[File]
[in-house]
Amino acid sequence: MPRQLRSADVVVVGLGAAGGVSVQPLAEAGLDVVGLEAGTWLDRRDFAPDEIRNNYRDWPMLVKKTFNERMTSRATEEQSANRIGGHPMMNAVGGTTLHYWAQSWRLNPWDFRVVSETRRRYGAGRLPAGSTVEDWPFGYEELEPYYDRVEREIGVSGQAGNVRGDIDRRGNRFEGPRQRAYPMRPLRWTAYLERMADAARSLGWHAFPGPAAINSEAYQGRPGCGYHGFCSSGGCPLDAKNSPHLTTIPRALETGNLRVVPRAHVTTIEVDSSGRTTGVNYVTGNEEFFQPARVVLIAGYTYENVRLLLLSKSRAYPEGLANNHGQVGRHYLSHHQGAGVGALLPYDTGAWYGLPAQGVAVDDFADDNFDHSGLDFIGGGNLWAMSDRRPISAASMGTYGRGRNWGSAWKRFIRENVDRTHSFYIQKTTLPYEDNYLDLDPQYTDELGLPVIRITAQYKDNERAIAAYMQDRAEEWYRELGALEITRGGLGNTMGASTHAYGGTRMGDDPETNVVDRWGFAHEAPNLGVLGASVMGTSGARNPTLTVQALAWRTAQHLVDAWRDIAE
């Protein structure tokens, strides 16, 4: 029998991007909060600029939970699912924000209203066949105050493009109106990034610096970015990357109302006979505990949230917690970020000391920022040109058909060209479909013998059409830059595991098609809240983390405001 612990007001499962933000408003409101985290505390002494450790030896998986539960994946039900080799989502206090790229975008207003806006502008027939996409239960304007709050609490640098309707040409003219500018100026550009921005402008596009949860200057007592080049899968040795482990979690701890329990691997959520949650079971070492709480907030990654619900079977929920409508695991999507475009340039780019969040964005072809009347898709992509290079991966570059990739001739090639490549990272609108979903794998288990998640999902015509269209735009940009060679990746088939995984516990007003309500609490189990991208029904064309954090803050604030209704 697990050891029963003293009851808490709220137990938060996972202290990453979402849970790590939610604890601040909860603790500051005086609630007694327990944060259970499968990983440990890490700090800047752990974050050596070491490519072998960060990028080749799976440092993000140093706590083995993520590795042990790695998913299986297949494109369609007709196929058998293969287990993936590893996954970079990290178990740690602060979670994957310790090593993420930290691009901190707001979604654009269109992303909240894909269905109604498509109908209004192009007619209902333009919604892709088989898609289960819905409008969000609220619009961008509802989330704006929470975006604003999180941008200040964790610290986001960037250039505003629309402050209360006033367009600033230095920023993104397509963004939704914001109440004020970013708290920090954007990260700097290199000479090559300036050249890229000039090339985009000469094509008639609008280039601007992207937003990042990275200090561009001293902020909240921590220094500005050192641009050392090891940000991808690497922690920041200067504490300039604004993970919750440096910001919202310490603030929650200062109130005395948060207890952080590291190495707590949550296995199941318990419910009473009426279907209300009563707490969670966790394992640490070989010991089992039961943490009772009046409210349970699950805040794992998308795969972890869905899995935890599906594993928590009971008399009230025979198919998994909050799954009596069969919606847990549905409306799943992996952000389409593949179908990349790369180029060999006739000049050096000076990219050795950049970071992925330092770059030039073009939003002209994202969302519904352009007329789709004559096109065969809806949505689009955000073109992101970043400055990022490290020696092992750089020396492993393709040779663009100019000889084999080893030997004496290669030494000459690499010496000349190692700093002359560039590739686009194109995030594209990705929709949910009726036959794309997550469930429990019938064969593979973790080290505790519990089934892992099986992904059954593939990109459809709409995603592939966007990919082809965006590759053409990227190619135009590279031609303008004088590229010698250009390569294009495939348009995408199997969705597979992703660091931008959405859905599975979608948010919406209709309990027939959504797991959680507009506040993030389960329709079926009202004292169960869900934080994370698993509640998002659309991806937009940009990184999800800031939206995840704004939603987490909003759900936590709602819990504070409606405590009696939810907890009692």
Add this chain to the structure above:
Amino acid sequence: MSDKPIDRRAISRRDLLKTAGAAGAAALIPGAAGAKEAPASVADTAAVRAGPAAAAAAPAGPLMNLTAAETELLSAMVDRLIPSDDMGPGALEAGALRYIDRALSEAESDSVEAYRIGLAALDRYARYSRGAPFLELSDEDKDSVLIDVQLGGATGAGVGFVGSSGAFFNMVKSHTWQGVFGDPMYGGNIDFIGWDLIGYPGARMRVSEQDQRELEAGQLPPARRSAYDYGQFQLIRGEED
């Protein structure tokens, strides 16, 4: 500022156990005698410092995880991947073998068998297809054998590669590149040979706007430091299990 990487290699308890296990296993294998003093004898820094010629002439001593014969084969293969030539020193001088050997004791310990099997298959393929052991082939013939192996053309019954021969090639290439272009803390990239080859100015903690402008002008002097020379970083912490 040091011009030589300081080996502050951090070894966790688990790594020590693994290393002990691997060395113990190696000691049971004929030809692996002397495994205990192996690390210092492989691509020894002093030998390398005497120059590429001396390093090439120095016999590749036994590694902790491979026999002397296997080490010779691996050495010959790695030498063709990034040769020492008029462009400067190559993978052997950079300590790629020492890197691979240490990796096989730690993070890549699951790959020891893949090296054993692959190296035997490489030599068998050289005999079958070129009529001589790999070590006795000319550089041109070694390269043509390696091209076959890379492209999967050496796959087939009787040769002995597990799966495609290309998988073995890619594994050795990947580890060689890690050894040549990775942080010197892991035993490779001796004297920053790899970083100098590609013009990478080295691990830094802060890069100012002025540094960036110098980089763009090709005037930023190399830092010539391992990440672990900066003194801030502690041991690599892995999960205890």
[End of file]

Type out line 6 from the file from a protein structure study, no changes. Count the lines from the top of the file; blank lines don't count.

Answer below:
């Protein structure tokens, strides 16, 4: 500022156990005698410092995880991947073998068998297809054998590669590149040979706007430091299990 990487290699308890296990296993294998003093004898820094010629002439001593014969084969293969030539020193001088050997004791310990099997298959393929052991082939013939192996053309019954021969090639290439272009803390990239080859100015903690402008002008002097020379970083912490 040091011009030589300081080996502050951090070894966790688990790594020590693994290393002990691997060395113990190696000691049971004929030809692996002397495994205990192996690390210092492989691509020894002093030998390398005497120059590429001396390093090439120095016999590749036994590694902790491979026999002397296997080490010779691996050495010959790695030498063709990034040769020492008029462009400067190559993978052997950079300590790629020492890197691979240490990796096989730690993070890549699951790959020891893949090296054993692959190296035997490489030599068998050289005999079958070129009529001589790999070590006795000319550089041109070694390269043509390696091209076959890379492209999967050496796959087939009787040769002995597990799966495609290309998988073995890619594994050795990947580890060689890690050894040549990775942080010197892991035993490779001796004297920053790899970083100098590609013009990478080295691990830094802060890069100012002025540094960036110098980089763009090709005037930023190399830092010539391992990440672990900066003194801030502690041991690599892995999960205890």